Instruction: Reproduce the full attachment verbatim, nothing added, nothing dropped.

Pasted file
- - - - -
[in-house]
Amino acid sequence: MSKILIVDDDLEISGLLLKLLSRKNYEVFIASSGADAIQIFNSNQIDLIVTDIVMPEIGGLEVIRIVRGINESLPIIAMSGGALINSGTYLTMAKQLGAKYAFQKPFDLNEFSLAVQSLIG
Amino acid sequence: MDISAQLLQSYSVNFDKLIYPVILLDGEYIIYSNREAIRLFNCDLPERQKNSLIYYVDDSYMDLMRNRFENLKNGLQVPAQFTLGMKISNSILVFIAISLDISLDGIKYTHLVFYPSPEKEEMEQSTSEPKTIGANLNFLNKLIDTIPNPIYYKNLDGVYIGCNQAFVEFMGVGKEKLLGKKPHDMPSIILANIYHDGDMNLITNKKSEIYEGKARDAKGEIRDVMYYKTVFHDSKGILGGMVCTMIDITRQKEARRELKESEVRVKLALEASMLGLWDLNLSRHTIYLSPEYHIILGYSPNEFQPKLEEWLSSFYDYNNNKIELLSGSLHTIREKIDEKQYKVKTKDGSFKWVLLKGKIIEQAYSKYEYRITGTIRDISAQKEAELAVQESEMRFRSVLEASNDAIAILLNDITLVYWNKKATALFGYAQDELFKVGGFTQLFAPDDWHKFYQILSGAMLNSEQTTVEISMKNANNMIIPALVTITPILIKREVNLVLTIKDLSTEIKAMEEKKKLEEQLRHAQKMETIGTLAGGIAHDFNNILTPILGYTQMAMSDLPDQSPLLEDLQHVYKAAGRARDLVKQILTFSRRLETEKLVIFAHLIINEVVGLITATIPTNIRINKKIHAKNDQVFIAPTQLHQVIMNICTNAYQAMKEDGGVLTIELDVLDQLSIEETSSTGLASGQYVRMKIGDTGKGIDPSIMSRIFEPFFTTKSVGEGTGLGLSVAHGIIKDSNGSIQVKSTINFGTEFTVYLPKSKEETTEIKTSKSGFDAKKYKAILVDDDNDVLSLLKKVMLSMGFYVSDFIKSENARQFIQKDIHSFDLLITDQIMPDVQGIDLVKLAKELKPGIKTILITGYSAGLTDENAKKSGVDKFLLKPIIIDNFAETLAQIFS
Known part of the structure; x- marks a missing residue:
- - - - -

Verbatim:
[in-house]
Amino acid sequence: MSKILIVDDDLEISGLLLKLLSRKNYEVFIASSGADAIQIFNSNQIDLIVTDIVMPEIGGLEVIRIVRGINESLPIIAMSGGALINSGTYLTMAKQLGAKYAFQKPFDLNEFSLAVQSLIG
Amino acid sequence: MDISAQLLQSYSVNFDKLIYPVILLDGEYIIYSNREAIRLFNCDLPERQKNSLIYYVDDSYMDLMRNRFENLKNGLQVPAQFTLGMKISNSILVFIAISLDISLDGIKYTHLVFYPSPEKEEMEQSTSEPKTIGANLNFLNKLIDTIPNPIYYKNLDGVYIGCNQAFVEFMGVGKEKLLGKKPHDMPSIILANIYHDGDMNLITNKKSEIYEGKARDAKGEIRDVMYYKTVFHDSKGILGGMVCTMIDITRQKEARRELKESEVRVKLALEASMLGLWDLNLSRHTIYLSPEYHIILGYSPNEFQPKLEEWLSSFYDYNNNKIELLSGSLHTIREKIDEKQYKVKTKDGSFKWVLLKGKIIEQAYSKYEYRITGTIRDISAQKEAELAVQESEMRFRSVLEASNDAIAILLNDITLVYWNKKATALFGYAQDELFKVGGFTQLFAPDDWHKFYQILSGAMLNSEQTTVEISMKNANNMIIPALVTITPILIKREVNLVLTIKDLSTEIKAMEEKKKLEEQLRHAQKMETIGTLAGGIAHDFNNILTPILGYTQMAMSDLPDQSPLLEDLQHVYKAAGRARDLVKQILTFSRRLETEKLVIFAHLIINEVVGLITATIPTNIRINKKIHAKNDQVFIAPTQLHQVIMNICTNAYQAMKEDGGVLTIELDVLDQLSIEETSSTGLASGQYVRMKIGDTGKGIDPSIMSRIFEPFFTTKSVGEGTGLGLSVAHGIIKDSNGSIQVKSTINFGTEFTVYLPKSKEETTEIKTSKSGFDAKKYKAILVDDDNDVLSLLKKVMLSMGFYVSDFIKSENARQFIQKDIHSFDLLITDQIMPDVQGIDLVKLAKELKPGIKTILITGYSAGLTDENAKKSGVDKFLLKPIIIDNFAETLAQIFS
Known part of the structure; x- marks a missing residue: